Disclaimer:  Even most unschoolers feel that reading and basic math are important, as they are the basic tools that help us learn on our own.  However, even these can be taught in creative ways that tickle the passions of the student.  For instance, math concepts can be taught by playing card games or calculating outcomes of reward systems; and reading can be taught using only material the student wants to learn about.

Open up the system for competition
Class size is perhaps the biggest challenge to implementing some of the other changes suggested here.  Of course, homeschoolers are usually in a one-on-one situation, which is obviously not achievable in public education. However, nearly everyone in education would agree that smaller class sizes are more beneficial to the students.  The question becomes how best to achieve this goal?

For years the debate has been about money.  Special interests on all sides say that more money is needed to achieve this goal.  Yet, America already spends far more per student than any other developed nation -- with rather unimpressive results I might add.

The U.S. government currently spends over $10K per year to educate each student. Sure, more money might be helpful to achieve this goal if spent properly. However, trusting that will happen with all of the special interests and bureaucracies seeking their cut is highly unlikely.

In my opinion, the only way to reduce class sizes in public schools is to open them to competition.  In other words, open public funding to private schools to compete with public schools.  Drop the centrally-dictated curriculum or board-certified teachers' requirements for these private schools to receive funds and let the free market determine who's most effective at educating our children.

Naturally, parents want the best for their children and will choose a school that gains a reputation for success, however it is defined by the parent.  Whether the school is geared toward apprenticeships, learning foreign languages, the arts, meditation, or sports shouldn't matter in regards to how funds are distributed.  Again, it's more about choice.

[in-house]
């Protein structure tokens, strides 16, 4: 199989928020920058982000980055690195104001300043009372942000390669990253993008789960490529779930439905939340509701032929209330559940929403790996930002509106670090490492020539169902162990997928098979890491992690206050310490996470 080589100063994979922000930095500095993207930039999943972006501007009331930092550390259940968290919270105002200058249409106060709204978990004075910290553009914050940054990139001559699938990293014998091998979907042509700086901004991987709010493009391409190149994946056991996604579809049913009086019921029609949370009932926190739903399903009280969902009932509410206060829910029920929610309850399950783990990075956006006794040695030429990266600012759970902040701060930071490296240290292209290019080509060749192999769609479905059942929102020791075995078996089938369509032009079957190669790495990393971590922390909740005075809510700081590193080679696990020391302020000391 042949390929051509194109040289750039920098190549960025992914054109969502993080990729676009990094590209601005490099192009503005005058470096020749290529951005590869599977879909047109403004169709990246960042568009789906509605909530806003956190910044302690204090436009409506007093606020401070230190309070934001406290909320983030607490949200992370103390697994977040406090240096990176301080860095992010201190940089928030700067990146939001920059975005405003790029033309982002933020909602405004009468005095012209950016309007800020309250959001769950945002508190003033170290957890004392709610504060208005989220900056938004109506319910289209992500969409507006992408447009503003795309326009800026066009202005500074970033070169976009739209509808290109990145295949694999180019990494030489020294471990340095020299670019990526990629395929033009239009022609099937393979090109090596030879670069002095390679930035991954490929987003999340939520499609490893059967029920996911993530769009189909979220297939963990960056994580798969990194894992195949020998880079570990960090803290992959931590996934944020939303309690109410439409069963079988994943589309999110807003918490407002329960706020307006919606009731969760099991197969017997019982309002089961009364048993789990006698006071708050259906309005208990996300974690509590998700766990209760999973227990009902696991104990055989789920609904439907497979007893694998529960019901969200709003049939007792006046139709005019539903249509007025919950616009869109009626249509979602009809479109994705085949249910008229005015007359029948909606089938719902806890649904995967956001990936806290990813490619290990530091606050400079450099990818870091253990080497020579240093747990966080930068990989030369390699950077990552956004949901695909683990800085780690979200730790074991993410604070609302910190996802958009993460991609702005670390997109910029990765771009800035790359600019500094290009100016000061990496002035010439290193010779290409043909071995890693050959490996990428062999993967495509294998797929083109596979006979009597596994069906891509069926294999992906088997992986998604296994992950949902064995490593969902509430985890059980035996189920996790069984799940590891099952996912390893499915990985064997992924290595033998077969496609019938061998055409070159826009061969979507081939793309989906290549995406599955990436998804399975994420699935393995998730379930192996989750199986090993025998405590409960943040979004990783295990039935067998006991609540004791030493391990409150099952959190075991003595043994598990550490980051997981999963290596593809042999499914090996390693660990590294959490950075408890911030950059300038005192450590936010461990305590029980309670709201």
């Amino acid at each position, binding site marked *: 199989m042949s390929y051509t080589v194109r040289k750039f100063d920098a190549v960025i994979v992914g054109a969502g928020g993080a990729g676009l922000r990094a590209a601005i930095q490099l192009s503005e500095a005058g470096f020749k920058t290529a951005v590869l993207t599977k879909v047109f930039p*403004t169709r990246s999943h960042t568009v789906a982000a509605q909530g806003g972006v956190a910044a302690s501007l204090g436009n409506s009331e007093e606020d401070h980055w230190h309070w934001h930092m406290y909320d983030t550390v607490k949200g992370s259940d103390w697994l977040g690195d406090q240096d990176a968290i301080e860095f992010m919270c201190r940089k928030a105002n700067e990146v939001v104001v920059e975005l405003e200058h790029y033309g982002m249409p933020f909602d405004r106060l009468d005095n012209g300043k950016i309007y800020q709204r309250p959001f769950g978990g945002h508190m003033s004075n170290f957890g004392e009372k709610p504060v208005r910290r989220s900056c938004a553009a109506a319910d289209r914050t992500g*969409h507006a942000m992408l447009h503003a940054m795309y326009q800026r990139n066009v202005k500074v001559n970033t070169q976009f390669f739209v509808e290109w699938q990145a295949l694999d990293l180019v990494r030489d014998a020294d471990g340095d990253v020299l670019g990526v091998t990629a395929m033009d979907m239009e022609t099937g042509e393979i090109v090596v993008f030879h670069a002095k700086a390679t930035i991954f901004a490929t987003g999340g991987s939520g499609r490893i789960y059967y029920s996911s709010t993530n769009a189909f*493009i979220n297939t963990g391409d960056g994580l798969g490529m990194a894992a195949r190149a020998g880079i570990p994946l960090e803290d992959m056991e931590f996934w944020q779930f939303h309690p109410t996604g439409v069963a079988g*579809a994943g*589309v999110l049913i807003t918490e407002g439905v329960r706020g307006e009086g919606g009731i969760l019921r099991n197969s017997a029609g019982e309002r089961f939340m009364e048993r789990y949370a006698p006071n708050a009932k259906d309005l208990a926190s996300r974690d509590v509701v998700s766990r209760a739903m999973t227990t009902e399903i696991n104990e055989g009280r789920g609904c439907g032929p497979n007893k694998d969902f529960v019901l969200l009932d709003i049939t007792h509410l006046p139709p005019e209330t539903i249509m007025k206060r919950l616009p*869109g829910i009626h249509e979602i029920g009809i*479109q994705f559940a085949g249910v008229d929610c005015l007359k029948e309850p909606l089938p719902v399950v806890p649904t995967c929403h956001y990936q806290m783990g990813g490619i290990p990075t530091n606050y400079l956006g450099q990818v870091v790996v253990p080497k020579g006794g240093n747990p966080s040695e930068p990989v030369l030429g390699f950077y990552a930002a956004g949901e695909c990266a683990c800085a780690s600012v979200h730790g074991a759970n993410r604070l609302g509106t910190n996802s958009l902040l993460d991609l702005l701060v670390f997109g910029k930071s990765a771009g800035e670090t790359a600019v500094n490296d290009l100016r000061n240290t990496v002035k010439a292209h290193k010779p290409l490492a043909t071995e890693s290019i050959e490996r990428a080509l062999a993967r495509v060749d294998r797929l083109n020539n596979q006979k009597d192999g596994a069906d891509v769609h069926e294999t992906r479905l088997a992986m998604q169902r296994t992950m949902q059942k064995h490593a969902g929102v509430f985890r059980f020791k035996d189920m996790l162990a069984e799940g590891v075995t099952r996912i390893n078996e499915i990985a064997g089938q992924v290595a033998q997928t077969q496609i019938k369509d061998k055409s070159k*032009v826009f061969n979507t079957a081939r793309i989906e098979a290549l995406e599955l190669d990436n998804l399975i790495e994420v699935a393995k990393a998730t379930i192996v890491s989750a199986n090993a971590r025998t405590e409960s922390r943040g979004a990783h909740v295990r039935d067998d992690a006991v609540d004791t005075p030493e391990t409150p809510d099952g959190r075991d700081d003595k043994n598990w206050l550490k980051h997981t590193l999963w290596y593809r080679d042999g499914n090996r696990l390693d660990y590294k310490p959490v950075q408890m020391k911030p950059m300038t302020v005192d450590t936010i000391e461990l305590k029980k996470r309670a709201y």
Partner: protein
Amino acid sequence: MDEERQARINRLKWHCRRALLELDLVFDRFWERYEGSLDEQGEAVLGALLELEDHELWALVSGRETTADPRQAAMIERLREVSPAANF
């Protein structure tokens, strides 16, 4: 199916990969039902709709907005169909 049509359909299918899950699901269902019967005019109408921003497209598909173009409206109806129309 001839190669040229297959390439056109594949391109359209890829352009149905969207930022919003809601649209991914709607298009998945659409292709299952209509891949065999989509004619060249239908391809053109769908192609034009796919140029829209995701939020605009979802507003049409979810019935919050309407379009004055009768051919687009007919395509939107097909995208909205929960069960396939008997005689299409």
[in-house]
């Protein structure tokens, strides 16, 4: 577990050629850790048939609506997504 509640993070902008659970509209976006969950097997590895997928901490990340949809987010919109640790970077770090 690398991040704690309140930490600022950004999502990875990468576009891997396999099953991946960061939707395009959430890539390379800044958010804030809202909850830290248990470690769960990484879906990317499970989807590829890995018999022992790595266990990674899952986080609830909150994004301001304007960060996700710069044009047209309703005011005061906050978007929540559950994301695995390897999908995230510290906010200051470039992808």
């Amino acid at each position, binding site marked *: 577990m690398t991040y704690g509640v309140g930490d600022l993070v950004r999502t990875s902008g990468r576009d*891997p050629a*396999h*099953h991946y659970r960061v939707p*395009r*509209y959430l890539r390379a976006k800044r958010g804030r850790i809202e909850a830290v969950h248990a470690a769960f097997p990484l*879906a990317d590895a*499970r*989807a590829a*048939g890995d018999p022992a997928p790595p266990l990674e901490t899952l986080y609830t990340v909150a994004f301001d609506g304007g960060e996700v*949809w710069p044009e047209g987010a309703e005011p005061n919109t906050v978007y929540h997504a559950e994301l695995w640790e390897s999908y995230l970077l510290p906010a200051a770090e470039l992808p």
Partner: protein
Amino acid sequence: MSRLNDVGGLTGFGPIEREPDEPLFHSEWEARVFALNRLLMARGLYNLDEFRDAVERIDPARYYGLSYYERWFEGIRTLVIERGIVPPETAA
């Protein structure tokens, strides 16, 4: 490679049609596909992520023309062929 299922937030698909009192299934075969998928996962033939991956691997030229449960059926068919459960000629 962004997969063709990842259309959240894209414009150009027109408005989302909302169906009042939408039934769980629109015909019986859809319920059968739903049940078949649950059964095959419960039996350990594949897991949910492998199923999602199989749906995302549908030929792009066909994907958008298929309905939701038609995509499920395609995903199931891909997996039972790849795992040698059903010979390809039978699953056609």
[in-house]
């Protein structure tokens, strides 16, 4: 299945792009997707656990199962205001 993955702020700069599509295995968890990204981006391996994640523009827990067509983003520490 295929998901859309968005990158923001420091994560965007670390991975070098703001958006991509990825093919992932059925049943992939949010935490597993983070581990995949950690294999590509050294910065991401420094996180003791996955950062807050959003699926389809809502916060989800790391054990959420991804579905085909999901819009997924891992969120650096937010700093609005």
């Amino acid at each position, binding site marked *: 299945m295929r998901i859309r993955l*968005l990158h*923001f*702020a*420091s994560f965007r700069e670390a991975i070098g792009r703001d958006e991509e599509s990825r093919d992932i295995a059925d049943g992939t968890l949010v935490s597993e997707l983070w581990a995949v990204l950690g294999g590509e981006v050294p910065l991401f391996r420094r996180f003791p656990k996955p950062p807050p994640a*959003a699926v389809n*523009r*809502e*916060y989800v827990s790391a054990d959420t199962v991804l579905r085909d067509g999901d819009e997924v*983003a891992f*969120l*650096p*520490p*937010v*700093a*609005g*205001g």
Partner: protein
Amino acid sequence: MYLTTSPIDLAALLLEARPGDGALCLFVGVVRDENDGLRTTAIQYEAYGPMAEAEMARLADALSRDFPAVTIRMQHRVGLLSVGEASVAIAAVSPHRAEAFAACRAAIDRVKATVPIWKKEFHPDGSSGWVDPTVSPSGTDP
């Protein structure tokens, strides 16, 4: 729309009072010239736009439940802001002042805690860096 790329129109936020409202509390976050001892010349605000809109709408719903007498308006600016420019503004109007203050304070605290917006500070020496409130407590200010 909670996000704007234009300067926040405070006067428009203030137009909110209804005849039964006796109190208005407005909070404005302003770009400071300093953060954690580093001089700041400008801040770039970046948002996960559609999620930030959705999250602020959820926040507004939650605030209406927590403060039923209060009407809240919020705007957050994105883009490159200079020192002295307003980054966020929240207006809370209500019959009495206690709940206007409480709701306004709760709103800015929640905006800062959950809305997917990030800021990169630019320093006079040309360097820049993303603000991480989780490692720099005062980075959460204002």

We don't need to look any further than Canada to find an example of how this could work.  In Calgary, students can choose between public schools, Montessori, Catholic schools, and a host of other private schools.  Each of these schools receives funding per student as if they're a public school. However, each is still strictly regulated by curriculum and teacher certifications.  I say shave those regulations back even further and let parents decide what's important in a school.

Utilize technology
If the schooling system does not rapidly close the gap between what it does, and what it should do in response to the demands of the 21st century, it will simply become irrelevant. - David Hood

I know that many schools and individual teachers are starting to see the importance of this, but I think it needs to be happening at an even faster pace. The world is so much different decade to decade; we need to help keep our children on track.  I would argue that teaching and utilizing technology effectively in education may be one of the most important things to helping prepare our children.

So many jobs that are now supporting families did not even exist five years ago.  Personally, our family's travel lifestyle is only possible because of the Internet and this technology.  Keeping that knowledge from children, or making them feel that it is a less valuable way to spend their time seems completely outrageous to me.  They need to learn it in order to be able to make educated choices about their own future.

Tablets like iPads are just the latest gadgets that parents are told can be damaging to our children, but I wholeheartedly disagree.  Young boys and girls need to know how to function on these tablets in order to open up all possibilities to them in the future.  It's far more beneficial than spending countless hours practicing penmanship which still goes on in schools.  Besides the operation knowledge of this technology, the educational applications are endless -- the Kindle app alone holds thousands of backpacks worth of books.

Finally, with these handheld devices, students literally have access to all of the world's knowledge in the palm of their hand.  The ramifications of that ability on our current brick-and-mortar educational paradigm are almost too many to list.  I do not expect that my unschooled kids spend the entire day on the Internet, but allowing children to play games and learn in unconventional ways online will allow them to discover technology first hand and learn how to harness it.

In the next installment, I will offer 5 additional ideas about what can remove from the outright destructive aspects of public school, so that our children can learn in a healthier, safer environment. 

This article first appeared on Bohemian Travelers family travel blog.

You can support this information by voting on Reddit:  http://www.reddit.com/r/conspiracy/comments/smr8m/5_ways_to_improve_the_public_school_experience/



BE THE CHANGE! PLEASE SHARE THIS USING THE TOOLS BELOW



BE THE CHANGE! PLEASE SHARE THIS USING THE TOOLS BELOW


If you enjoy our work, please donate to keep our website going.

10 comments:

Lokaire said...

Check out the anime "Baka and Test" on Netflix. It has an ingenious incentive program. The test and homework scores are used in a competitive game where 'avatars' stats are determined by the results. The avatars then attack each other and they win prizes in tournaments. When their avatars life is reduced to zero the student can take tests to restore life. Its a very clever system.